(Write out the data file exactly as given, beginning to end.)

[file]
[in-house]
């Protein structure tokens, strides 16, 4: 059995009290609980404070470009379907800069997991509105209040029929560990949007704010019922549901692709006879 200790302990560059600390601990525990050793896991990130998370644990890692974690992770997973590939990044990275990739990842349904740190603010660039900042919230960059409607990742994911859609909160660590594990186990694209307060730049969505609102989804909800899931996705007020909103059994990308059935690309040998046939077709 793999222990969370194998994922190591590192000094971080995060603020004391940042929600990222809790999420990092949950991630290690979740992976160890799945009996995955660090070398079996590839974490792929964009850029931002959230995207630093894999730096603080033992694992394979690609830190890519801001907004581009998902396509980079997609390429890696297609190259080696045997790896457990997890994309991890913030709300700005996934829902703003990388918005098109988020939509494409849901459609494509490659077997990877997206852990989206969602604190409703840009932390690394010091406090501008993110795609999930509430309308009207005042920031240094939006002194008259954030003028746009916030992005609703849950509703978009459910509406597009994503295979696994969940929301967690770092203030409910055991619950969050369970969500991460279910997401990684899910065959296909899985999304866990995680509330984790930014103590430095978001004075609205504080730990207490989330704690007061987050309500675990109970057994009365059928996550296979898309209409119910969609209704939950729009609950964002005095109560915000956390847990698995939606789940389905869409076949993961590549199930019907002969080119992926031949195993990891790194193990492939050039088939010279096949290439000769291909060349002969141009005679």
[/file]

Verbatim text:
[in-house]
């Protein structure tokens, strides 16, 4: 059995009290609980404070470009379907800069997991509105209040029929560990949007704010019922549901692709006879 200790302990560059600390601990525990050793896991990130998370644990890692974690992770997973590939990044990275990739990842349904740190603010660039900042919230960059409607990742994911859609909160660590594990186990694209307060730049969505609102989804909800899931996705007020909103059994990308059935690309040998046939077709 793999222990969370194998994922190591590192000094971080995060603020004391940042929600990222809790999420990092949950991630290690979740992976160890799945009996995955660090070398079996590839974490792929964009850029931002959230995207630093894999730096603080033992694992394979690609830190890519801001907004581009998902396509980079997609390429890696297609190259080696045997790896457990997890994309991890913030709300700005996934829902703003990388918005098109988020939509494409849901459609494509490659077997990877997206852990989206969602604190409703840009932390690394010091406090501008993110795609999930509430309308009207005042920031240094939006002194008259954030003028746009916030992005609703849950509703978009459910509406597009994503295979696994969940929301967690770092203030409910055991619950969050369970969500991460279910997401990684899910065959296909899985999304866990995680509330984790930014103590430095978001004075609205504080730990207490989330704690007061987050309500675990109970057994009365059928996550296979898309209409119910969609209704939950729009609950964002005095109560915000956390847990698995939606789940389905869409076949993961590549199930019907002969080119992926031949195993990891790194193990492939050039088939010279096949290439000769291909060349002969141009005679």